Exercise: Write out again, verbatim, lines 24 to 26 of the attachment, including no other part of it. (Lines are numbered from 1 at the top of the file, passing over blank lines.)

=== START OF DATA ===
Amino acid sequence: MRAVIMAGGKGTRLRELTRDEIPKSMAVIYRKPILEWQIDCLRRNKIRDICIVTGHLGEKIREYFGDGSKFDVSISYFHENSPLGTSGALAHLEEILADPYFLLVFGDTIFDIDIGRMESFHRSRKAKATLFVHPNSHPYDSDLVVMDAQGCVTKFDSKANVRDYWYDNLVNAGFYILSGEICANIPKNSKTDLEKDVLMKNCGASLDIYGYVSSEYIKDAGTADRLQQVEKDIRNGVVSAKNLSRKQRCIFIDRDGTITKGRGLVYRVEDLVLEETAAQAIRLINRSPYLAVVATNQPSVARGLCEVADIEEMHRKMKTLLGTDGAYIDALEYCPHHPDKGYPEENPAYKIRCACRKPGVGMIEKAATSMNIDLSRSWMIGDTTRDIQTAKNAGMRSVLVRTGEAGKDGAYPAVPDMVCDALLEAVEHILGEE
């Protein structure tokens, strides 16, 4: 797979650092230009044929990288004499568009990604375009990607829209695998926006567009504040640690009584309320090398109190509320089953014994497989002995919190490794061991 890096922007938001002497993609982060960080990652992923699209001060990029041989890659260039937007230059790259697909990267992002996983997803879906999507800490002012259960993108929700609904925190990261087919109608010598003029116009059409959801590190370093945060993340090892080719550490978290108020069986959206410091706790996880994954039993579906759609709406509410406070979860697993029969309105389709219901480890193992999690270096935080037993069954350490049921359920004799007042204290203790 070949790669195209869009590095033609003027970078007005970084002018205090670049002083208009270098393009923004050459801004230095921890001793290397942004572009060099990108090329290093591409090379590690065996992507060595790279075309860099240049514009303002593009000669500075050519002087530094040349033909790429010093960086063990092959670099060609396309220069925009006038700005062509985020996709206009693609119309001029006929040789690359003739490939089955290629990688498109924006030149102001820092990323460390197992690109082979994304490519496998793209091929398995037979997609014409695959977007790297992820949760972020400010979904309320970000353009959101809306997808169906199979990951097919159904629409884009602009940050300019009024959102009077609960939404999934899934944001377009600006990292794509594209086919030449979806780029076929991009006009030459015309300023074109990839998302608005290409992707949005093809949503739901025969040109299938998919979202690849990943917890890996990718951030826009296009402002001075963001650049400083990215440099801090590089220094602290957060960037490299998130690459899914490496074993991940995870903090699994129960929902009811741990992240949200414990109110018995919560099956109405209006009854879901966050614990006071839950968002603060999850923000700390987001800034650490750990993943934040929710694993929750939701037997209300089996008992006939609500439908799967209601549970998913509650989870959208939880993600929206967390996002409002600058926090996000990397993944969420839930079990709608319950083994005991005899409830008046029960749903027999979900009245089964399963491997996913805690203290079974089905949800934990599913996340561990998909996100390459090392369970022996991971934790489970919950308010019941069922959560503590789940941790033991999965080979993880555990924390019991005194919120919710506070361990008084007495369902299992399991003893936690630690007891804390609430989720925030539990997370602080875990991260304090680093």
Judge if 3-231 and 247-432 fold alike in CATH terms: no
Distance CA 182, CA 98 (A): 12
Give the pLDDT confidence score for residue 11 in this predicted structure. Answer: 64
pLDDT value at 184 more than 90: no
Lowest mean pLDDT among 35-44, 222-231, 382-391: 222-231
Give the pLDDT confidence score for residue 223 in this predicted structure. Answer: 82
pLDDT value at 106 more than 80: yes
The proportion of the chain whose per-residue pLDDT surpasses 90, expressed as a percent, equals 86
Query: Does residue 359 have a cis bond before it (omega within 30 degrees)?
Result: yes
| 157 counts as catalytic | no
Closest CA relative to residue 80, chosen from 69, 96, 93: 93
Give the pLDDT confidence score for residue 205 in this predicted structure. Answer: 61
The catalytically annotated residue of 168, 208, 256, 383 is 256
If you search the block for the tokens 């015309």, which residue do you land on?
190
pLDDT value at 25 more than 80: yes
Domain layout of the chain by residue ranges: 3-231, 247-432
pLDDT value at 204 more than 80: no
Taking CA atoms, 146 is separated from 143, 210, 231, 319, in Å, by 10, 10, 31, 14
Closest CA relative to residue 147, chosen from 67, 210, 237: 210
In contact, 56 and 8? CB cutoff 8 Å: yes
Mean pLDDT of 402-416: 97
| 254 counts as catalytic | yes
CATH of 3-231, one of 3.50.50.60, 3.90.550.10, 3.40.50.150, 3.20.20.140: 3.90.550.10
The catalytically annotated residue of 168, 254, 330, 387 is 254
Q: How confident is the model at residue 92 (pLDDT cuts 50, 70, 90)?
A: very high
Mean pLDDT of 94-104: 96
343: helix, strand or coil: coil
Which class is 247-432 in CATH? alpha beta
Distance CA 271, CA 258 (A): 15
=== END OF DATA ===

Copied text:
In contact, 56 and 8? CB cutoff 8 Å: yes
Mean pLDDT of 402-416: 97
| 254 counts as catalytic | yes